Bluesman Buddy Guy keeps the 'legend' alive

Brian Mackey

The word “legend” is tossed around so often that it’s long since become a cliché.

It’s the easy way out for lazy writers in need of an adjective to describe an accomplished person who’s been around a while.

Chicago blues guitarist George “Buddy” Guy, however, brought it on himself when he named his music club Buddy Guy’s Legends.

In one of the top clubs in a city known for its men and women singing of love and loss over a 12-bar vamp, who’s more legendary than the man with his name on the door?

“This so-called ‘being a legend,’ I don’t put that up on my shoulders,” Guy recently told Samuel G. Freedman for an article published in American Way magazine. (Through a publicist, Guy declined to be interviewed for this article.)

“I guess if you just hang around long enough and play, (you’re considered a legend),” Guy said. “I think of the blessings I achieved from the way I was brought up. My father was a sharecropper who probably never made more than $20,000 in his whole life, and there was a lady in England who paid me $100,000 to play an hour.”

Slim > Guy > Hendrix

At 74 years old, Guy is still making new music and working the road.

His most recent album of new material, “Skin Deep,” was released in 2008. In New York he opened for the Rolling Stones; in Chicago he shared a stage with Eric Clapton at the Crossroads Guitar Festival; everywhere else he holds center stage at his own shows.

The blues are a generational inheritance — the young flock to the masters to learn the art and craft of the guitar.

Guy made a name for himself in mid-century Chicago in part by replicating the showmanship he saw in Guitar Slim.

“They brought him to Baton Rouge,” Guy said in an excerpt of an interview on YouTube. “When they introduced Guitar Slim, I didn’t see anybody, but I heard this guitar. And I said, ‘Wait a minute. Am I being fooled? Who playing it?’”

Finally, a large man came in carrying Slim on his shoulders. Slim was wearing white shoes and a red suit with hair to match. The man set him down, with Slim playing all the while. Guy was impressed.

Guy said, “I want to sound like B.B. King, but I want to act like Guitar Slim.”

That he did.

Some of Guy’s wildest tricks — playing behind his head and with his teeth — influenced an even younger guitarist named Jimi Hendrix, who would become a legend in his own too-short right.

But few Guy shows are the same. He has a taste for improvisation, in his songs and in the set, captured in a review by Jon Pareles for The New York Times in 2005:

“Mr. Guy … mingles anarchy, virtuosity, deep blues and hammy shtick in ways that keep all eyes on him, including those of his band, which follows through on every whim. He likes to complain about concert-hall curfews, then stretch out his songs. He likes to bring on guests … and make them follow his cues. Most of all, he loves extremes: sudden drops from loud to soft, or a sweet, sustained guitar solo followed by a jolt of speed, or a high, imploring vocal cut off with a rasp.”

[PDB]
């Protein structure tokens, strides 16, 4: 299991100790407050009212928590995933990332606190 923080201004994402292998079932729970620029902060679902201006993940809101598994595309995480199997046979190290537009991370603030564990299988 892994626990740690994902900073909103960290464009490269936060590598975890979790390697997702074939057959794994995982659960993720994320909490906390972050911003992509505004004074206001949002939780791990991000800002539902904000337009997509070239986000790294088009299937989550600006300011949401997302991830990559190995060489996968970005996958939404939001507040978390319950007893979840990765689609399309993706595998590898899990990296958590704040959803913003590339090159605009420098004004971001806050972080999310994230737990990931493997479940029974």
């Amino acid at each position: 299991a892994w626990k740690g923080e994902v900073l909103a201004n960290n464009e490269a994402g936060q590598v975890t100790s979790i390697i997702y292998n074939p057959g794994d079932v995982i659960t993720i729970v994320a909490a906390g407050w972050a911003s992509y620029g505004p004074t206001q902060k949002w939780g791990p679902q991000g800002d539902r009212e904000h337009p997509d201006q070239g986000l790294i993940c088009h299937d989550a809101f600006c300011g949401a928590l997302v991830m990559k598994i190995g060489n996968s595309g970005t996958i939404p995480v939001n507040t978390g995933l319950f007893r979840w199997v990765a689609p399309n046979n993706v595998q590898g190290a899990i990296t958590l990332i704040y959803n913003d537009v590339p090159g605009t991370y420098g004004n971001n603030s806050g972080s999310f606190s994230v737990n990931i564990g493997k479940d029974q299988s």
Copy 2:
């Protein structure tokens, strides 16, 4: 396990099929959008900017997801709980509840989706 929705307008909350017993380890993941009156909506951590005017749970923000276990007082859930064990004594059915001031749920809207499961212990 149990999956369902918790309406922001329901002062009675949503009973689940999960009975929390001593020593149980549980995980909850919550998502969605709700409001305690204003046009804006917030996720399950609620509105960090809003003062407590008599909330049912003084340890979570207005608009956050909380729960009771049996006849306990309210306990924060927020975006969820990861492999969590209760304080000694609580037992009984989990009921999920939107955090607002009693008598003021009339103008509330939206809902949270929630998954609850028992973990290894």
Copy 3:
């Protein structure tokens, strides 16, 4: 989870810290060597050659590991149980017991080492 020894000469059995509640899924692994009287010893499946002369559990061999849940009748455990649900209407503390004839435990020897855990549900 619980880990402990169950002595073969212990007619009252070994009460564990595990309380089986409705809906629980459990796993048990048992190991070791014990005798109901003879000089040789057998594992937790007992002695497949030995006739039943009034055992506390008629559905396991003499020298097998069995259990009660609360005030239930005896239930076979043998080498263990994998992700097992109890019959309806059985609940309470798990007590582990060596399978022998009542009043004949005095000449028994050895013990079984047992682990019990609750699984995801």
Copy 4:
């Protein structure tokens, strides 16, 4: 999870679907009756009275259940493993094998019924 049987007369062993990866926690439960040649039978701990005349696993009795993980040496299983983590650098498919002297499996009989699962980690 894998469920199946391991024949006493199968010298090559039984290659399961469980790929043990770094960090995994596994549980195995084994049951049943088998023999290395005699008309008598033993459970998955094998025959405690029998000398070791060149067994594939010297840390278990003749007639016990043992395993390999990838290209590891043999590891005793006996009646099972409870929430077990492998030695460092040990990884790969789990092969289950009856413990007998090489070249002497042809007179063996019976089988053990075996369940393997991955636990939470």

City life

“Come and show me another city with lifted head singing so proud to be alive and coarse and strong and cunning,” the poet Carl Sandburg wrote of Chicago in 1916.

It’s no wonder then that the Delta Blues followed the Great Migration up the Mississippi and found a home among the relocated African-Americans of Chicago’s south and west sides.

Guy is too young to have been a part of that, but he too followed the path, arriving from Louisiana on an Illinois Central train late one night in September 1957.

The 21-year-old had little money but enough ambition and guitar-playing chops to sustain him through five decades and five Grammy Awards.

As a young man, Guy looked up to B.B. King. But now the one-time novice performs alongside the blues’ elder statesman.

When Guy and King were taping a television show together in 1996, a writer from The New Yorker was there. The conversation, reported in the Sept. 23, 1996 issue, included an exchange in which King asked Guy what he thought about musicians who broke and burned their guitars on stage.

“They do that ’cause the company give them whatever they want,” Guy said. “They don’t pay for them, and they don’t respect ’em.”

King said he felt bad about it, and remembered how hard it was to get a guitar in the first place.

“Yes!” Guy said. “I had days when I didn’t eat, when my stomach was growling and the only thing of value I had was my guitar.”

The anonymous writer for The New Yorker reported: “Guy’s eyes grew misty for a second.”

Guy continued: “But I wouldn’t hawk it. I went literally hungry, but I just wouldn’t give up my guitar. I have hawked my coat in the middle of a Chicago winter and froze half to death because I wouldn’t part with my axe.”

The instrument is sacred because it’s the vessel of Guy’s legendary status, earned one pluck, bend and strum at a time. In the New Yorker story, Guy said he once dropped his guitar and cried about it.

“My guitar is the only thing I can tell my wife is gonna sleep between her and me and she won’t get mad,” Guy said. “I tell her, ‘I found you with this and I want it by my side. Don’t move it.’ And she won’t.”

Brian Mackey can be reached at 217-747-9587.